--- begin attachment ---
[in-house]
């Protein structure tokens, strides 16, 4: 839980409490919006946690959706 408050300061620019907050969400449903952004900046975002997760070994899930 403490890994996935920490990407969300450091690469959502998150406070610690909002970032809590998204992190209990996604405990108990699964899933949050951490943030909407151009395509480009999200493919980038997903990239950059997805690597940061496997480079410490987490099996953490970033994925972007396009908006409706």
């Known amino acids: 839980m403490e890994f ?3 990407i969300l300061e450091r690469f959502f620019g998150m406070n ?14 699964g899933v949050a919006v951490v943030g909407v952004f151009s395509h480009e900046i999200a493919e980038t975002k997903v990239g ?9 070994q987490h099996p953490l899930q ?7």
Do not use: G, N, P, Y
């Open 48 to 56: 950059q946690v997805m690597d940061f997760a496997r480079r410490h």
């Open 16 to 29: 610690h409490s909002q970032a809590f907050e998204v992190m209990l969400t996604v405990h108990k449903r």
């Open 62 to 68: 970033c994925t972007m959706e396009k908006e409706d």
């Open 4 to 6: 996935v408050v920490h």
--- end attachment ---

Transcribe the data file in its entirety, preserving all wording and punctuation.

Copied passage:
[in-house]
């Protein structure tokens, strides 16, 4: 839980409490919006946690959706 408050300061620019907050969400449903952004900046975002997760070994899930 403490890994996935920490990407969300450091690469959502998150406070610690909002970032809590998204992190209990996604405990108990699964899933949050951490943030909407151009395509480009999200493919980038997903990239950059997805690597940061496997480079410490987490099996953490970033994925972007396009908006409706």
């Known amino acids: 839980m403490e890994f ?3 990407i969300l300061e450091r690469f959502f620019g998150m406070n ?14 699964g899933v949050a919006v951490v943030g909407v952004f151009s395509h480009e900046i999200a493919e980038t975002k997903v990239g ?9 070994q987490h099996p953490l899930q ?7």
Do not use: G, N, P, Y
């Open 48 to 56: 950059q946690v997805m690597d940061f997760a496997r480079r410490h």
């Open 16 to 29: 610690h409490s909002q970032a809590f907050e998204v992190m209990l969400t996604v405990h108990k449903r």
């Open 62 to 68: 970033c994925t972007m959706e396009k908006e409706d």
């Open 4 to 6: 996935v408050v920490h």